J F Madan and Madan Theatres
Jamshedji Framji Madan CBE (1856-1923) is considered one of the founding fathers of Indian cinema. Initially operating as the Elphinstone Bioscope Company, Madan Theatres grew to become the largest filmmaker, distributor and theatre business in India. The company is credited with having brought the early film business to Kolkata and at its peak, Madan Theatres controlled half of India’s box office income and is said to have owned or controlled 127 theatres. Madan and his companies were responsible for a number of firsts in Indian cinema, including:
- the country’s first purpose-built cinema, the Elphinstone Picture Palace in Kolkata
- first Bengali feature
- first Bengali talkie
- first feature film set in Calcutta
- first cinema equipped for sound (Elphinstone Picture Palace)
- first talkie exhibited in India
- first re-make in India cinema (Satyawadi Raja Harishchandra)
- first cinema chain
In 1902, Madan-owned Corinthian Theatre was the setting for some of the earliest sound recordings produced in India and 30 years later Indra Sabha was released with a record 71 songs in one film. This record is officially recognised by Guinness World Records and remains unbeaten.
The business would also play an important role in the final decades of the Raj, producing short films recording key moments in Indian history (some of which survive to this day), as well as filming and exhibiting at the 1911 Delhi Durbar.
Madan’s trading company (known as J F Madan) was founded in 1885 and had stores dotted across the country. This was a wholesale and retail business which became one of the leading suppliers to the government and the military, serving the army across the country. It was this enterprise which enabled Madan to invest and expand his theatre business so rapidly.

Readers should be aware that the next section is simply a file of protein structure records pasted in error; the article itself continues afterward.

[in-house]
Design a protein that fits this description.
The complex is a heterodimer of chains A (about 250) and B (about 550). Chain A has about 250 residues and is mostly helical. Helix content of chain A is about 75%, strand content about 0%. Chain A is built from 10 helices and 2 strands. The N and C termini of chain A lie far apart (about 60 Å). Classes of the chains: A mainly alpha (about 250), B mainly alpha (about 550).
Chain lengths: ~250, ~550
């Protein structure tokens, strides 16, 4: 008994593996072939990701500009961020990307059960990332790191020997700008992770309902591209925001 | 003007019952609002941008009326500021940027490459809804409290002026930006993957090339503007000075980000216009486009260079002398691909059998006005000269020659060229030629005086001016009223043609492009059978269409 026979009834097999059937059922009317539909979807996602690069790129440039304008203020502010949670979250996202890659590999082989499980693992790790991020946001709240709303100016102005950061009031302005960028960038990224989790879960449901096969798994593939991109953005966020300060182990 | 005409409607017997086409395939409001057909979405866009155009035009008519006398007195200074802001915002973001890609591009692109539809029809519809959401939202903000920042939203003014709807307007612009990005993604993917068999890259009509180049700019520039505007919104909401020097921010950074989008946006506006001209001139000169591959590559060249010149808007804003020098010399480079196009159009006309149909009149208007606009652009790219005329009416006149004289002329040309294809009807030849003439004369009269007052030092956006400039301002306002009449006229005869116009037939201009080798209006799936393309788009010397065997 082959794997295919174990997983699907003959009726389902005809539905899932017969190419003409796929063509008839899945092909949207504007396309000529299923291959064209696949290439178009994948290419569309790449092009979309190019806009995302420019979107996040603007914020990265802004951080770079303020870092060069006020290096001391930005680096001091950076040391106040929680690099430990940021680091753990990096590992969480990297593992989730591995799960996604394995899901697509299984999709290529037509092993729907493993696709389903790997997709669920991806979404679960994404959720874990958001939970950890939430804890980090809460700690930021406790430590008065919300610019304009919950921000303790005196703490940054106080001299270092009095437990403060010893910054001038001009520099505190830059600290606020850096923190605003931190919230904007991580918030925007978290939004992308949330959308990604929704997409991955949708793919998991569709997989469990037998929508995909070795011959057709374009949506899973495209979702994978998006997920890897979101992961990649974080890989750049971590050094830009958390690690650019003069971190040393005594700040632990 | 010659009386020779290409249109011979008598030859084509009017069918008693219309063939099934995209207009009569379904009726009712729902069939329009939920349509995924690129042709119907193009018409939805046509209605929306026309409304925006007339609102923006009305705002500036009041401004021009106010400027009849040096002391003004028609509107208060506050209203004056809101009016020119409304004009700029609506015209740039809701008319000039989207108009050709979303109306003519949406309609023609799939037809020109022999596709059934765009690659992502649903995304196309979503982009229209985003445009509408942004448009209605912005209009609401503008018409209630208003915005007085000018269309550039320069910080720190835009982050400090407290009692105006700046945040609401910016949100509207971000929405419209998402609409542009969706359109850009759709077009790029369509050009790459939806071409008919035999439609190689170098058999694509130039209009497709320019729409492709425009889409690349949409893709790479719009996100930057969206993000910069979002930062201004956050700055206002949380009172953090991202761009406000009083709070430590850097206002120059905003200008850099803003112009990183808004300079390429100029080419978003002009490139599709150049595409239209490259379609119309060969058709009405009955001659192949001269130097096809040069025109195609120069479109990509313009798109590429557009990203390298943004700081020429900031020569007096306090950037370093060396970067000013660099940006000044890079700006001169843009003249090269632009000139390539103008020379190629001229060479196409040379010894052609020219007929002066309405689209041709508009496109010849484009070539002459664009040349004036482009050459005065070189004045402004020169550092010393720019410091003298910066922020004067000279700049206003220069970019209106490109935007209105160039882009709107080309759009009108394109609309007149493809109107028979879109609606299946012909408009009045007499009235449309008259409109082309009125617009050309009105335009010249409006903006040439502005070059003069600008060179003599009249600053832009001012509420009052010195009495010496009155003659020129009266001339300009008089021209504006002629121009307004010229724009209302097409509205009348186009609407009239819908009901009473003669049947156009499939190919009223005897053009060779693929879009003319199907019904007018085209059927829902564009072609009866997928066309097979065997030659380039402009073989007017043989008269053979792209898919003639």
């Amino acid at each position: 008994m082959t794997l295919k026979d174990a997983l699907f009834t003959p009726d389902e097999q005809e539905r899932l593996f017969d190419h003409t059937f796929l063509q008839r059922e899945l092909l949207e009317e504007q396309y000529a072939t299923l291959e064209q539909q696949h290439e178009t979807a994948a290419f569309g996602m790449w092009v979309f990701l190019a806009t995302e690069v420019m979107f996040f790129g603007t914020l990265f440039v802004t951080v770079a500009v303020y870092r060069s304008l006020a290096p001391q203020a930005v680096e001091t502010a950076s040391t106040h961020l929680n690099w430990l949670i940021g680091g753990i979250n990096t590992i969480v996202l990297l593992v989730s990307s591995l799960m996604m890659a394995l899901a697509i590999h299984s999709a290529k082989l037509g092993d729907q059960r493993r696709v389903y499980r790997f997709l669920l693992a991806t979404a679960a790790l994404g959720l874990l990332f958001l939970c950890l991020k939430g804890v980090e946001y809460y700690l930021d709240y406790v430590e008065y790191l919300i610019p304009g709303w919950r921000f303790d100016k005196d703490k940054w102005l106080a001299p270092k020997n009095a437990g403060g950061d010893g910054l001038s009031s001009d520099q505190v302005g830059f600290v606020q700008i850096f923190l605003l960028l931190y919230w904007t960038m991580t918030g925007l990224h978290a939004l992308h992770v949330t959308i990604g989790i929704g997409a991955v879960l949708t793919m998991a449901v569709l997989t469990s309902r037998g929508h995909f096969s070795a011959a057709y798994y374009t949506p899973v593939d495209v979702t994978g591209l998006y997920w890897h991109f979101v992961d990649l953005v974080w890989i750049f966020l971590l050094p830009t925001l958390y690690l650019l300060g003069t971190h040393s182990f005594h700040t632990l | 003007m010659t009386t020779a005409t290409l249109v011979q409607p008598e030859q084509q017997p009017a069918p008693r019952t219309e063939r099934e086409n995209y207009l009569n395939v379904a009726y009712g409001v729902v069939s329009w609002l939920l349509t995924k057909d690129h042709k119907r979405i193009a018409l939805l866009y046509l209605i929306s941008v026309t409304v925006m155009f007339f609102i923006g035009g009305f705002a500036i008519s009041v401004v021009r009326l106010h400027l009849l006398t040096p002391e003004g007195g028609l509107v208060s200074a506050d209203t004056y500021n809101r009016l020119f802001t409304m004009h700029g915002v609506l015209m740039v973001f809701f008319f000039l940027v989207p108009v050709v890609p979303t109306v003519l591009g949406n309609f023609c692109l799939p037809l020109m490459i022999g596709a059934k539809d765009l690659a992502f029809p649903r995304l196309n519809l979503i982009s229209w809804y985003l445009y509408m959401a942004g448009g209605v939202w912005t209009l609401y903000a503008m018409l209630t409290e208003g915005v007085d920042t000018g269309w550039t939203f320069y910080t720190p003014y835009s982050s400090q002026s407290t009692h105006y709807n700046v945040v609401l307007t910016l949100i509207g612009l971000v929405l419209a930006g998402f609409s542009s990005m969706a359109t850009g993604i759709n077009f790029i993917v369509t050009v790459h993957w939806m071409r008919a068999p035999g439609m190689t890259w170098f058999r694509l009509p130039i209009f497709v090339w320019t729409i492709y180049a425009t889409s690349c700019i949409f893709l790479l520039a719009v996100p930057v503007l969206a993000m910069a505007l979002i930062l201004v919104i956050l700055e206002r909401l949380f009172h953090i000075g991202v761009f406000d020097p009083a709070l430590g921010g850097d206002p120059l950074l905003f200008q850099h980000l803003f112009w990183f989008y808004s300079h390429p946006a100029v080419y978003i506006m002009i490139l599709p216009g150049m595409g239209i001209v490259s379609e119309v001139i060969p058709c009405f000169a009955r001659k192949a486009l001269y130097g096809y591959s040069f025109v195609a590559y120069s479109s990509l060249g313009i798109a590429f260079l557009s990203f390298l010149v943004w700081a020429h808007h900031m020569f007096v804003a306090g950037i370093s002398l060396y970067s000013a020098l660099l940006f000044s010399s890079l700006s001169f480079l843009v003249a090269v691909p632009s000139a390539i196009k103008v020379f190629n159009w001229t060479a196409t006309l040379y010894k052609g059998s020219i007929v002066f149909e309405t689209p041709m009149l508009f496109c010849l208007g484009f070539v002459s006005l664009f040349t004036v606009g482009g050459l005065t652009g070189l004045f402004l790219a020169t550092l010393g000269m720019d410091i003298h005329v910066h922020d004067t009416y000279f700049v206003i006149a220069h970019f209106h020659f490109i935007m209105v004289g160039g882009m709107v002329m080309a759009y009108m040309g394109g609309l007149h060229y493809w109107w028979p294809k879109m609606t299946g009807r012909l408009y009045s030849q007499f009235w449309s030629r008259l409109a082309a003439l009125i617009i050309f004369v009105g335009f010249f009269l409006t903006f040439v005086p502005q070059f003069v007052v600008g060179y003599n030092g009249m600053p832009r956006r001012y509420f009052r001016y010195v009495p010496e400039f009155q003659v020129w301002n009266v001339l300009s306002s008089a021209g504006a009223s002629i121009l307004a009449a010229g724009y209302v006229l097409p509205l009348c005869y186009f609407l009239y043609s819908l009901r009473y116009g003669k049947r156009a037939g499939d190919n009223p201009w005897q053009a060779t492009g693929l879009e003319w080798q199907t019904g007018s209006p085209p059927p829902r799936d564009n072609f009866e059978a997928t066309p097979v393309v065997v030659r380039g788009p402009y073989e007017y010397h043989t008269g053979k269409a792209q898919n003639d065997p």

The success of both his mercantile and theatre businesses represented a considerable turnaround for a man who, at the age of just 11, had been forced to leave his formal education due to the failure of a land reclamation scheme in Bombay. But it was not to last. J F died in 1923 and the Wall Street Crash hit the company very hard. By the mid-1930s the theatre empire and most of the film business had gone.
Today Madan Street in central Kolkata still honours J F Madan’s philanthropy which included considerable donations to Calcutta’s poorest people and the Parsi community. A few topical films survive and the NFAI have successfully recovered parts of two Madan-produced feature films. With the single-screen era now over, but interest in the origins of Indian film growing by the day, work is underway to better record and preserve this important period in the country’s history.
Purpose of this website
This website does not set out to tell this long and complex story in full but was established a resource for people looking to find out more about J F Madan and his work in film, theatre, business and philanthropy. Although called “Madan Theatres Research Group” (Madan Theatres was formally registered as a limited company in 1919), the business entities the site is concerned with include:
Elphinstone Bioscope Company (precursor to Madan Theatres Ltd.)
Madan Theatres Ltd.
J F Madan (trading name of Madan’s mercantile business)
J F Madan & Co
Within these businesses there were several organisational entities (Alfred Company and Corinthian Theatre Company) to name a few. This site is strictly a research venture and does not represent the current Madan Theatres Ltd. business.
The site is maintained Ashley Coates, with research support from Gool Madan Ardeshir and Anjali Dhar. All three are descendants of J F Madan and are supported in their research through a network of cousins, historians and film enthusiasts.
If you would like to stay up-to-date with the news, discoveries and other updates from this group, please follow our Facebook page. If you are after a family tree, there is a public one available here. Please get in contact if you would like to make a contribution or need any help in finding information relevant to Madan Theatres.